Auto-Biographical Fiction

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Archive for April, 2008

12
Apr

Age 11: The Love of a Child is Timeless

By Cal Evans Christmas time in the Evans household meant only 1 thing, road trip to ORLANDO! My mother’s parents live there and almost every year that I can remember, we made the trek, from wherever we were based to our Christmas Mecca, Nan and Pop’s house. My 11th Christmas was no different. We had […]

12
Apr

Age 7: Cal Plants A Garden

By Cal Evans Growing up I loved to read. Starting as early as the first grade, I would read any book I could get my hands on. I would sit for hours lost in worlds crafted by others visiting friends like Homer Price, Stuart Little and Willie Wonka. It seemed that the only books that […]

12
Apr

Age 6: The Legend of the Barber Chair

By Cal Evans The origins of the “Legend of the Barber Chair” are shrouded in mystery. Some say that the family was on an ‘antiquing outing’ in the Carolina foothills. Others say it was a trip home from a day at school with Dad. (Gardner Web College for those who are interested in such trivia) […]

12
Apr

Age 12: Nightmare on SW 167 Terrace

Punishments when I was growing up were an experience in my family. We had the normal wrist-slaps, “washing-your-mouth-out-with-soap” and the parental favorite, the “butt-blistering.” But those were usually reserved for those special occasions when Dad had ‘had enough.’ Everyday punishments were metered out by Mom.

12
Apr

Age 17: The Surprise Party

By Cal Evans Sundays were always an event in our house. Each Sunday morning was a variation on a theme; get up, wander into the kitchen for breakfast, be told that you got up too late for breakfast, whine about not getting breakfast, stop whining a second before Dad walked into earshot, slink back to […]

12
Apr

Age 20: The Origins of Lil ‘J

By Cal Evans Dad grew up in a garage. My grandfather owned a gas station in the town he grew up in and he worked there for his formative years. This gave my father 2 things 1) A love for cars, engines and tinkering and 2) an endless line of stories of how hard his […]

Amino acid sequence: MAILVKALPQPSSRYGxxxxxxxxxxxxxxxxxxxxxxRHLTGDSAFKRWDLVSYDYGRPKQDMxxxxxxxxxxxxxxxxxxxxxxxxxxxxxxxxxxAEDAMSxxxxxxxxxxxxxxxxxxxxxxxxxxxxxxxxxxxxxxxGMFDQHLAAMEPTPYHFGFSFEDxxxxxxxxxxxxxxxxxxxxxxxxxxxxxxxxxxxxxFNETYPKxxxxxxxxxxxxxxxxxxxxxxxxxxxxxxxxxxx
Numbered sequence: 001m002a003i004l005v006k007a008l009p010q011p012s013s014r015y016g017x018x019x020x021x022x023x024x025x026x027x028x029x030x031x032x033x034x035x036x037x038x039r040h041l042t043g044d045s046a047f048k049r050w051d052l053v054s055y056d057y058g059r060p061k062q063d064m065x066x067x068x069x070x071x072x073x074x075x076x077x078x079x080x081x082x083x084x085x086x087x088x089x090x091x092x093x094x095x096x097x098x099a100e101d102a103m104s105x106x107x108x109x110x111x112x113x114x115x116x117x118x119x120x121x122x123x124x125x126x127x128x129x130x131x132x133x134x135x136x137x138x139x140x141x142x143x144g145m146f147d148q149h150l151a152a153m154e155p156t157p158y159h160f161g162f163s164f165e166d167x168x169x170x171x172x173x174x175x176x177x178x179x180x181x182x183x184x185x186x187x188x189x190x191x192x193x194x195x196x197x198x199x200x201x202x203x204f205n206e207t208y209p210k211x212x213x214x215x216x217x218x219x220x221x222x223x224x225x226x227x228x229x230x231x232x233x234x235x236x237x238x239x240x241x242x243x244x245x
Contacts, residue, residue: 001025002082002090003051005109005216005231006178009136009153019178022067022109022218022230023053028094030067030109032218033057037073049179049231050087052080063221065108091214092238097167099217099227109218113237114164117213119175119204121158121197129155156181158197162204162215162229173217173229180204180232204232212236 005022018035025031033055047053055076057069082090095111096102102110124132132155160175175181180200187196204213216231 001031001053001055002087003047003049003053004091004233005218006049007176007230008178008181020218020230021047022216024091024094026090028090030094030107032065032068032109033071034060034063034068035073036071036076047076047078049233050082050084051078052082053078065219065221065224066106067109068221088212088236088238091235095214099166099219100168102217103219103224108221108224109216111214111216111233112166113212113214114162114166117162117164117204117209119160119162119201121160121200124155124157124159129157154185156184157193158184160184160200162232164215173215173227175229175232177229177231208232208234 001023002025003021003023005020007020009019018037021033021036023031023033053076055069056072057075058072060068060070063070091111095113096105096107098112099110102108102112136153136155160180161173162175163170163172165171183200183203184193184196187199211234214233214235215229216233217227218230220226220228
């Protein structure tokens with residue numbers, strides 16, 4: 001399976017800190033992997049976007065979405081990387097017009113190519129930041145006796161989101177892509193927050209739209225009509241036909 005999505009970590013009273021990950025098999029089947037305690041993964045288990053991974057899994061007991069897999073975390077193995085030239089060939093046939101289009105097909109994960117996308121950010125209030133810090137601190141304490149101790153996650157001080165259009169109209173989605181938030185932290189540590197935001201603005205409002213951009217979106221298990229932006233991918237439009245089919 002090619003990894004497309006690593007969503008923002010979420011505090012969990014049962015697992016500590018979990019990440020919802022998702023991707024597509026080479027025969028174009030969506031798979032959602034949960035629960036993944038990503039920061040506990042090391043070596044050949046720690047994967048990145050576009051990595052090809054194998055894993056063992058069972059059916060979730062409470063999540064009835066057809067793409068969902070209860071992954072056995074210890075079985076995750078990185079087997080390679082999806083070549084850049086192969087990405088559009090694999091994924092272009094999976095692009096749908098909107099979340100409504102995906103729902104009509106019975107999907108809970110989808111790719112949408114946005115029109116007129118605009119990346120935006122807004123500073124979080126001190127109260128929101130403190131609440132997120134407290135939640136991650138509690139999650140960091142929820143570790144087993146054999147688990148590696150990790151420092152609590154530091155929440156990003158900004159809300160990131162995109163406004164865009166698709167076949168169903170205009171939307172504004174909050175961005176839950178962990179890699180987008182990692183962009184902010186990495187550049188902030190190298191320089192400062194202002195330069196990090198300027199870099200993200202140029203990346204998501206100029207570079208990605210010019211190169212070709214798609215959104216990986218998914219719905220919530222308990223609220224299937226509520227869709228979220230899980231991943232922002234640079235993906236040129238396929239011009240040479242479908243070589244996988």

12
Apr

Age 9: …and God Spoke

By Cal Evans Growing up in church is an experience in and of itself. I do not mean growing up going to church but literally growing up in a church. If the doors were open, and many times when they were not, we were there. Such is the life growing up in the house of […]

12
Apr

Age 6: The Humpty-Clause

Cal’s First Law of Nature: Mothers are the most precious of all the natural resources we have.

12
Apr

Age 5: The Young Boy and the Sea

My Grandfather on my mother’s side is known to two generations of yard-apes as Pop. He is a wise and gentle man and has been for as long as I can remember. Regardless of the stories my mother tells, I can’t image him speaking a harsh word. (I think she embellishes her childhood stories, but that’s between her and Nana.) Pop was a wise old wizard who, in the late 50s or early 60s had the foresight to purchase lake-front property in Orlando, FL, long before the mouse came to town.

12
Apr

Age 12: A Public Display of Affection

When I was in 6th grade, I attended a small Christian school in Coral Gables Florida. For part of the year, we had a substitute math teacher whom I remember absolutely nothing about except for the fact that he was a university of Oklahoma football fan. As luck would have it, that year, Oklahoma was coming to Miami to play the Hurricanes and this particular teacher was beside himself with delight. One day he spent almost half of class regaling us with the stories of this years Oklahoma team, how good they were and what an exciting game it would be. He usually followed these oratories with comments like, “While Miami doesn’t have much of a team this year, if you get a chance to go to this game it will be great just to see Oklahoma play.” To him, just the exhibition of them running out on the field was enough to warrant the price of the ticket. It was positively mesmerizing just listening to him talk. Of, course, being good 6th grade students, we did everything we could to keep him going under the misguided assumption that the less we covered in class, the less that we would be tested on.

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